Earlier this year, the CAA’s Congestion Index was released. This report was focused on freeway bottlenecks, and as I posted previously “there is an underlying assumption that if a bottleneck exists for single-occupancy vehicles, the solution is to expand capacity. Of course, we know that building more capacity simply leads to even worse congestion and/or a shift of the bottleneck to another area.”

Earlier this week, the INRIX Global Traffic Scorecard was released. It looks at congestion in regions through the world.

In the INRIX Global Traffic Scorecard, Metro Vancouver is the 157th most congested region, and the fifth most congested region in Canada. Montreal, Toronto, St John’s, and Ottawa all had worse ICI scores (an INRIX metric.) So why is the INRIX ranking so different than the TomTom ranking? It’s all about the methodology.

Top 10 list of regions with highest ICI score in Canada. Select table to enlarge.

The INRIX Global Traffic Scorecard has a more robust methodology than the TomTom index.

The INRIX methodology evaluates congestion based on time-of-day, and differentiates highways from local roads. As I posted about previously, this is important.

INRIX defines congestion as 65% of free-flow speed. Free-flow speed is basically driving the posted speed limit on roads with no traffic, at-grade intersections, crosswalks, or construction. Free-flow speed is not the most efficient speed for traffic flow. Traffic flows best at speeds between free-flow and congestion. Wikipedia has a good article on the fundamental diagram of traffic flow.

The INRIX methodology also includes median travel time in its Congestion Index (ICI.) As I posted about previously, Metro Vancouver has a lower median travel time than Montreal or Toronto.

The time it takes to get to work and back. Source: Statistics Canada 89-622-XIE and 11-008-X.

What this all amounts to is a better representation of actual congestion in a region.

Will building more freeways reduce congestion? If Toronto and Montreal are any indication, no. As stated by INRIX, “the fundamental cause [of congestion] is an imbalance between the demand for roads and the supply of road space. Managing demand for road space is critical. That includes smoothing demand through flexible working, avoiding peak hour trips through remote working and encouraging the efficient use of our roads through wider adoption of road user pricing.”

Tuesday, February 21, 2017

February 20th, 2017 Council Meeting Notes: Budget approved, Homelessness Action Table created, and community grants allocated.

Last night was a brief council meeting; several items were given final reading for approval. Final reading is the “sober second thought” for local government bylaws. Final reading does not normally occur at the same time as other readings and debate of a bylaw. At final reading, you can only vote for or against a bylaw. Council tends to go through final readings quickly.

Council gave final reading to a bylaw to update the Official Community Plan to incorporate Environmentally Sensitive Areas (ESAs), and development guidelines for ESAs. You can read more about ESAs in a prior post.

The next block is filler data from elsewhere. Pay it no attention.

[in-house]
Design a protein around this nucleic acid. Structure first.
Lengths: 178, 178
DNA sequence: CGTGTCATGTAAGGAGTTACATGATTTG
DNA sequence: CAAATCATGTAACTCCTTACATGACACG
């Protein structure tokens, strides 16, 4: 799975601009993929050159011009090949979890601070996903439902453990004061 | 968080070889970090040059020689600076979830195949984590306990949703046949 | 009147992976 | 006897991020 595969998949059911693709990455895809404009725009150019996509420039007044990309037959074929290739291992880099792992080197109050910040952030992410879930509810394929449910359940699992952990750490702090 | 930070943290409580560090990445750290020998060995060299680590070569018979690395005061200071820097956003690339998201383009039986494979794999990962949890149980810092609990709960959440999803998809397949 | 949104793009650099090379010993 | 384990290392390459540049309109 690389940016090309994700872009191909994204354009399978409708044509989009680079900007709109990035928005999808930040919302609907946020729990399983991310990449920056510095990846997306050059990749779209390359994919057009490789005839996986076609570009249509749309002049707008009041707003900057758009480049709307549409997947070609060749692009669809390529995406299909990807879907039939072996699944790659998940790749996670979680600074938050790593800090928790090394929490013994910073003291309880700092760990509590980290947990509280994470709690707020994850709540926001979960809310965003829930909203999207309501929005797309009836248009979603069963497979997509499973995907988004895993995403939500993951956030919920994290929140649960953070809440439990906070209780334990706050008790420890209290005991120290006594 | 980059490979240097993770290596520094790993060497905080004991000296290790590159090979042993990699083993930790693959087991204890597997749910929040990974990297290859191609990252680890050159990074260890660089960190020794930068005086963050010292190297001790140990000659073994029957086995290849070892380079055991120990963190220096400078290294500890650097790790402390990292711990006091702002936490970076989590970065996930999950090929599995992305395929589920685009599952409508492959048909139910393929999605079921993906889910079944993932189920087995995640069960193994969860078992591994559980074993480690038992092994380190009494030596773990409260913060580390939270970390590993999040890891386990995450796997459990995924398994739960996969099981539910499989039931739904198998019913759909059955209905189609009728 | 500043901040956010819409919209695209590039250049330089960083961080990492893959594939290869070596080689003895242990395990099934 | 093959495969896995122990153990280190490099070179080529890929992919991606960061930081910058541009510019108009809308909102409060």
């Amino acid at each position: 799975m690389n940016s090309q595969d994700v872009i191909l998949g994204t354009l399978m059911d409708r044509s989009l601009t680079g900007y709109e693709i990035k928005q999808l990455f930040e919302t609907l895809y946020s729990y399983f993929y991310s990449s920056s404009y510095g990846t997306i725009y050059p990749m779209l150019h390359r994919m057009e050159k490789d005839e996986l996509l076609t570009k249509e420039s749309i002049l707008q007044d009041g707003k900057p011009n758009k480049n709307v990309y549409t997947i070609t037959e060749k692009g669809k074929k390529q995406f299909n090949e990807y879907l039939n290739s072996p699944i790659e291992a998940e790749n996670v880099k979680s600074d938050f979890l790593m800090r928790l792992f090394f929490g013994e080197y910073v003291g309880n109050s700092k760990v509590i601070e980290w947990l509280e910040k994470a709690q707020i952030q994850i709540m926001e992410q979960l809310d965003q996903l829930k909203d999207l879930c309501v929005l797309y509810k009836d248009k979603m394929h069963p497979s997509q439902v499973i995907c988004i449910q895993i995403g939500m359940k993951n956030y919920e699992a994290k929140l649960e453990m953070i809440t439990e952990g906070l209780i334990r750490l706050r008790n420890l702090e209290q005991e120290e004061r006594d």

Council also gave final reading to our 2017 Financial Plan. You can read more about the capital projects and operating component of the budget, which includes increases to services, in previous posts. The financial plan was approved unanimously by council.

Council also gave first and second reading for a proposed rezoning to allow a 98-unit apartment building near Michaud Crescent and 201 Street to be built. This will allow for a public hearing about the proposed rezoning at the March 6th council meeting to proceed. I will be posting more about this proposed project after the March 6th meeting.

Rendering of proposed apartment building at the corner of Michaud Crescent and 201 Street.

Putting in place solutions to reduce homelessness in our community is something that is a priority for people in Langley City. Langley City council approved the creation of a Homelessness Action Table —a task group— to guide the implementation of our Homelessness Strategic Plan, as well as track and report on progress, and advocate for projects and funding last night.

The Homelessness Action Table will have members from local, provincial, and federal governments as well as representatives from the Fraser Health Authority, BC Housing, RCMP, and other community social service agencies in Langley. The Township of Langley was invited to sit on the action table, but have declined at this time.

Throughout the City, there are banners on some of our streetlights with a focus around the Downtown area. The current policy that guided the installation of these banners was dated and inflexible. Council approved a new banner policy last night which is more flexible.

The new policy continues to allow seasonal streetlight banners to be paid for and installed by the City in the spring, summer, and fall. The biggest change in policy is to allow the installation of banners that are not seasonal to support civic, charitable, or community-oriented events within the following guidelines:

  • Be specifically happening within Langley City.
  • The majority of the population of the City would be able to participate in or be generally interested in the public event.
  • Benefit locally-based, non-profit organizations.
  • Not be political, religious, commercial, or profit making.

Organizations that request and are approved for the installation of banner, must pay a fee for the installation of their banners. Council gave first, second, and third reading to update our Fees & Charges Bylaw to set the installation fee prices.

Langley City allocates $168,000 per year from casino revenue for community grants. Last night, council approved $131,341.05 in grants to the following organizations: